Reproductive Justice on the Line

By Katherine Bisanz, SWRJ Co-Founder

The Supreme Court made blatantly clear its disregard for the rights and dignity of low-income families of color in three major rulings brought forth in recent weeks – Burwell v. Hobby Lobby, McCullen v. Coakley and Harris v. Quinn.  All three rulings pose a unique but direct threat to health equity and reproductive justice for people and families in this country.  Perhaps the most widely discussed of them all, Burwell v. Hobby Lobby, allows for-profit, religiously identified organizations to deny employees health insurance coverage for birth control.

As Carole Joffe reminds us in her pointed take on the decision: despite the fact that contraception is widely thought of as a “women’s issue”, the truth is that it plays an enormous role in general family well being.  As social workers, we can see the mammoth scope of potential impact that denying already low-wage workers coverage for birth control will have on families and as per the usual, low-income families of color will be hit the hardest.

In their 2013 report, The Guttmacher Institute cited the negative impacts of unplanned pregnancies on adult relationships, including depression, and heightened conflict and the health benefits to children when births are spaced have been noted time and time again. Additionally, the report shows the ability of contraceptive access to play a role in breaking cycles of poverty and government dependency across generations, patterns often perpetuated by unintended pregnancies.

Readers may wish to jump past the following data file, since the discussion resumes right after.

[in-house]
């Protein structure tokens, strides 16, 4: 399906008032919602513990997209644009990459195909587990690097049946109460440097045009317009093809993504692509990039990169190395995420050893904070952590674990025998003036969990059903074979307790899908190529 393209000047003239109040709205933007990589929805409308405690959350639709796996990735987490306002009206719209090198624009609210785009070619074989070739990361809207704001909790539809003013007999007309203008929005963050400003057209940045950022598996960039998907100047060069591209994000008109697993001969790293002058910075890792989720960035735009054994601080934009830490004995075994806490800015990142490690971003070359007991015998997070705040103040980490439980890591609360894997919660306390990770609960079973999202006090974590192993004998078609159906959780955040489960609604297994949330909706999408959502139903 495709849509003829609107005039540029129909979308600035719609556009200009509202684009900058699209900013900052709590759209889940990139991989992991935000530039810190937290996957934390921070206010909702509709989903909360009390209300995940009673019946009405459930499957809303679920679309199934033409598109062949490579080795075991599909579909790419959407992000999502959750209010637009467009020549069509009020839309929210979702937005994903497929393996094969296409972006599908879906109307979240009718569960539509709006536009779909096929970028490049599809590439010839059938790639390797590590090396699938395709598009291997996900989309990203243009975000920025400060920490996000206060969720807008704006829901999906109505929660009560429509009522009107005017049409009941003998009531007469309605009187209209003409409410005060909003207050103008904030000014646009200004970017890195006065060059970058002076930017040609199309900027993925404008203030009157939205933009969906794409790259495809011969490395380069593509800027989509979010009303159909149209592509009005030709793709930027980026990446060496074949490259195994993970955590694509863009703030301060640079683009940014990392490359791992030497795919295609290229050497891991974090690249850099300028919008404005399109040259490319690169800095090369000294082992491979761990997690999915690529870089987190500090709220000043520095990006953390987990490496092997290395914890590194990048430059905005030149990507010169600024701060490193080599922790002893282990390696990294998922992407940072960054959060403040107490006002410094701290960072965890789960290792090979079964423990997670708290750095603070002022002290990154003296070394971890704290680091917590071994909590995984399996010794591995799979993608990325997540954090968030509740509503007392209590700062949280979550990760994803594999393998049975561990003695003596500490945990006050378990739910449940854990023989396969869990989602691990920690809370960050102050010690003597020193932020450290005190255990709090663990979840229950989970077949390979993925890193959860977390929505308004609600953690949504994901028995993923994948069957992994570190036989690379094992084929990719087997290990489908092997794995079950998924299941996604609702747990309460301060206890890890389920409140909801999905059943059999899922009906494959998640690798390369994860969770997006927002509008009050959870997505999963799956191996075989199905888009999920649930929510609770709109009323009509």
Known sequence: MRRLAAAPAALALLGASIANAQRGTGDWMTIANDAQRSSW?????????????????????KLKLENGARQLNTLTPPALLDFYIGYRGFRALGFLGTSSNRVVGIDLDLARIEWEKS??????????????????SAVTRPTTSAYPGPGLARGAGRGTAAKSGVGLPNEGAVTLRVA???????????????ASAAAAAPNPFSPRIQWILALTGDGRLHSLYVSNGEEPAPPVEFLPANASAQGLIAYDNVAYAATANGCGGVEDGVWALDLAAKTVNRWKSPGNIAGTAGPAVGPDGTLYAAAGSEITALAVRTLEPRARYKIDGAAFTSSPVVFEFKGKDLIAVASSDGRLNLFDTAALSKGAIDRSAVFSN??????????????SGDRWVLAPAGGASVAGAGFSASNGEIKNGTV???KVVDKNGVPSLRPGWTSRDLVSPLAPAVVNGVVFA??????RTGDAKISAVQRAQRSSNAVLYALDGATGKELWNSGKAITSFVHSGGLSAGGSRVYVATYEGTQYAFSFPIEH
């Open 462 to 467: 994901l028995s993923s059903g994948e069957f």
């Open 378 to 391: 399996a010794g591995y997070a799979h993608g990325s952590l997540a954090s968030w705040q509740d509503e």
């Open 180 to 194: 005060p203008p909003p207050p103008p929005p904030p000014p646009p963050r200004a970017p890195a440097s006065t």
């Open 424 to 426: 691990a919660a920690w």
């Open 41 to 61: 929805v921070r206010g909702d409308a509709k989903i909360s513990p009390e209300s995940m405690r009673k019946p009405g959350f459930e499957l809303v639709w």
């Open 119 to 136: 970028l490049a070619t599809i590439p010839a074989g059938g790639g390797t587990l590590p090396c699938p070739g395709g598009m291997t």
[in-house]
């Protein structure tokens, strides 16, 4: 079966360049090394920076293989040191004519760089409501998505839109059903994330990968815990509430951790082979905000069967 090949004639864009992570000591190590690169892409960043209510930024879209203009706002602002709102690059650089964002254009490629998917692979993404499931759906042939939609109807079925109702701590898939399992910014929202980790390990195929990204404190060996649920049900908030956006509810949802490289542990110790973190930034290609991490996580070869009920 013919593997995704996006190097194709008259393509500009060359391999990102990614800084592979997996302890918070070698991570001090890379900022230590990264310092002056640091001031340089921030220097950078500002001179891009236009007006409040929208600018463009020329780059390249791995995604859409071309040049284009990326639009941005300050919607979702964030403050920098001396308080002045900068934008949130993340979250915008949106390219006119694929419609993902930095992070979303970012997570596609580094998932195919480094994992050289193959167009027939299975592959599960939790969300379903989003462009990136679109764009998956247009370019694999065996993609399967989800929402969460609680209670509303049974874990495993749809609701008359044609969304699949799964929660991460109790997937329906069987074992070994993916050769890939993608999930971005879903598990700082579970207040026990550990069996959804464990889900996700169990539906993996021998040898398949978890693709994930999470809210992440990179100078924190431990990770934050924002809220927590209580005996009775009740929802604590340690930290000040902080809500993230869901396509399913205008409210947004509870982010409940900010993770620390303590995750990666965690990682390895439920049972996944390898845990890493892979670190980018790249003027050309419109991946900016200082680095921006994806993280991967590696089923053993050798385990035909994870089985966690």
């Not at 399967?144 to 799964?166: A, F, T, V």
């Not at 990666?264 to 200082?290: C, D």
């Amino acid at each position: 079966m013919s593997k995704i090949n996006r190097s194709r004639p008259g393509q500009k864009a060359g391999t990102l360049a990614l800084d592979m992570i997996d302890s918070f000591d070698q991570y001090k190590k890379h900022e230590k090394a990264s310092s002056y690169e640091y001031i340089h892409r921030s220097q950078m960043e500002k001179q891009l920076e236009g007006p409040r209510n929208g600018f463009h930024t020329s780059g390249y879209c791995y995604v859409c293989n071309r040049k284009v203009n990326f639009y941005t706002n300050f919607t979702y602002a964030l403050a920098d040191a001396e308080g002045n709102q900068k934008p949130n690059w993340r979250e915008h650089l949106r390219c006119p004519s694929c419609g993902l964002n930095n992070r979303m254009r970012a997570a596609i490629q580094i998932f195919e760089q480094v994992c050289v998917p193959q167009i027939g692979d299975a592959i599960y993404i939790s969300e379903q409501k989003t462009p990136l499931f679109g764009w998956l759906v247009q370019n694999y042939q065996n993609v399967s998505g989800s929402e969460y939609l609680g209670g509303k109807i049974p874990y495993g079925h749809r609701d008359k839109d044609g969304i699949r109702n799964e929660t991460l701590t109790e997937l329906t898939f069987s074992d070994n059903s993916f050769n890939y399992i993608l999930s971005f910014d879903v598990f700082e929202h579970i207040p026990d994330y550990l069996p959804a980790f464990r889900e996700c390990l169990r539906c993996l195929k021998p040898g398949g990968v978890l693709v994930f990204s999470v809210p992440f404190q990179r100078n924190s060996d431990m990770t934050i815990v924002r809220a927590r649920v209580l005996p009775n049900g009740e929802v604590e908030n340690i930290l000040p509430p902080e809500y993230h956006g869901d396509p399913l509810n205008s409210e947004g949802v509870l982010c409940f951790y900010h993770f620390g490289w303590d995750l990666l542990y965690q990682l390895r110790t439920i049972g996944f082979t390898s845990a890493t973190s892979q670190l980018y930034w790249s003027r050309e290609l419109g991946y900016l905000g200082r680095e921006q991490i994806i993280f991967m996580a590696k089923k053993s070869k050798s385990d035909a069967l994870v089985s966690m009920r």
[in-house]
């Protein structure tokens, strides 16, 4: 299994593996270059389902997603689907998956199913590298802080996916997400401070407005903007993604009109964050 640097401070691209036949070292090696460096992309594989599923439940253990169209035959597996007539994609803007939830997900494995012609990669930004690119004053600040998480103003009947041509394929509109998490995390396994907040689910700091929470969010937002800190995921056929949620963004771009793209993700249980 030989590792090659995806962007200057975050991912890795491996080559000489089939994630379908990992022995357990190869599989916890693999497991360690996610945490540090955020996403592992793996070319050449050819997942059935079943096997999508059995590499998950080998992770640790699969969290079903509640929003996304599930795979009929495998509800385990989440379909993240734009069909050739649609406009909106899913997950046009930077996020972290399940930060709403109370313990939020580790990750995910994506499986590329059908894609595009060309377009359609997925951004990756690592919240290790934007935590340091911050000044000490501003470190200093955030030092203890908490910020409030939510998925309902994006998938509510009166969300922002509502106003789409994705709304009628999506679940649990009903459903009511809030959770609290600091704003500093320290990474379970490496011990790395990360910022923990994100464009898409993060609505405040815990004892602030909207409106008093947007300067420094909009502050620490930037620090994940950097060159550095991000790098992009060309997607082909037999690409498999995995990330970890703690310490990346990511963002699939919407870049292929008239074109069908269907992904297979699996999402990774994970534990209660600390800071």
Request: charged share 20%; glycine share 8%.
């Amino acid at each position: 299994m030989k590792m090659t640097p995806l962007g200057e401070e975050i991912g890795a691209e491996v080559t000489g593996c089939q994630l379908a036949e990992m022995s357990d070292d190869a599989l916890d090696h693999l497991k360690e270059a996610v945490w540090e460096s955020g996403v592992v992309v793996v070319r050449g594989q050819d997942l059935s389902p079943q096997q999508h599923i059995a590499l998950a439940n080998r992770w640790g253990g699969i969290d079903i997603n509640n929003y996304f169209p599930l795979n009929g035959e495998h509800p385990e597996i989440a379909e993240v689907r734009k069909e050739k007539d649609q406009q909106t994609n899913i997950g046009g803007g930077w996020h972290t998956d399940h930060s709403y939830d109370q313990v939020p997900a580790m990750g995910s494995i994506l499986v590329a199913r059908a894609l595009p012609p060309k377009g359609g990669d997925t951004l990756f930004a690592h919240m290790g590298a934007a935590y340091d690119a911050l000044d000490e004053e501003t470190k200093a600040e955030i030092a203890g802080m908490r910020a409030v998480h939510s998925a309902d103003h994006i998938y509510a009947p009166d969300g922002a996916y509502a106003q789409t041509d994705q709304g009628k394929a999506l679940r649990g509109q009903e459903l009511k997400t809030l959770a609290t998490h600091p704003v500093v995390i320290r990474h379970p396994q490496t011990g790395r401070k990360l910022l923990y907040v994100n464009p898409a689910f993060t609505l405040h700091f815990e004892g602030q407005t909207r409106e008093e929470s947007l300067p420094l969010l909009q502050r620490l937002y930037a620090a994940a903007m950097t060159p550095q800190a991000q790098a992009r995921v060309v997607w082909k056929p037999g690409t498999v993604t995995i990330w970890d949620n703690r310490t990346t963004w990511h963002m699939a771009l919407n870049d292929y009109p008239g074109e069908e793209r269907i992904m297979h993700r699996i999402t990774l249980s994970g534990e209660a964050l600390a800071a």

The contraceptive coverage benefit of the Affordable Care Act was a huge step forward in terms of removing very present barriers to consistent contraceptive use that many women face.  Marcia D. Greenberger of the National Women’s Law Center noted the importance of this aspect of the ACA in a statement last November: “Birth control is a critically important part of women’s health care, but its cost, including co-pays, can be an impediment to a woman’s consistent use of it or to her ability to use the safest method for her. This benefit removes this financial barrier to women getting and affording the birth control they need.”

Justice Ruth Bader Ginsberg noted just how prohibitive the cost of contraceptives can be for low-income women in her, now famous, and notably scathing dissent to the decision:  “It bears note in this regard that the cost of an IUD is nearly equivalent to a month’s full-time pay for workers earning the minimum wage.”

Earlier this year, during the initial iteration of this case, Nancy Northup, president and CEO of the Center for Reproductive Rights made clear the danger of assigning more rights to institutions than to human beings: “The right to religious freedom belongs to individuals, not for-profit institutions. Our fundamental individual liberties must be protected so that these for-profit companies are no more entitled to deny women insurance coverage for essential health care than they are to dictate how any of us can and cannot spend our paychecks.”

SWRJ stands behind efforts to reverse the discriminatory and dangerous path being paved by conservative members of Congress and the Supreme Court in hopes that we, as members of the reproductive justice and health equity movements, may do our part to salvage the individual liberties and human rights that these very entities were established to protect.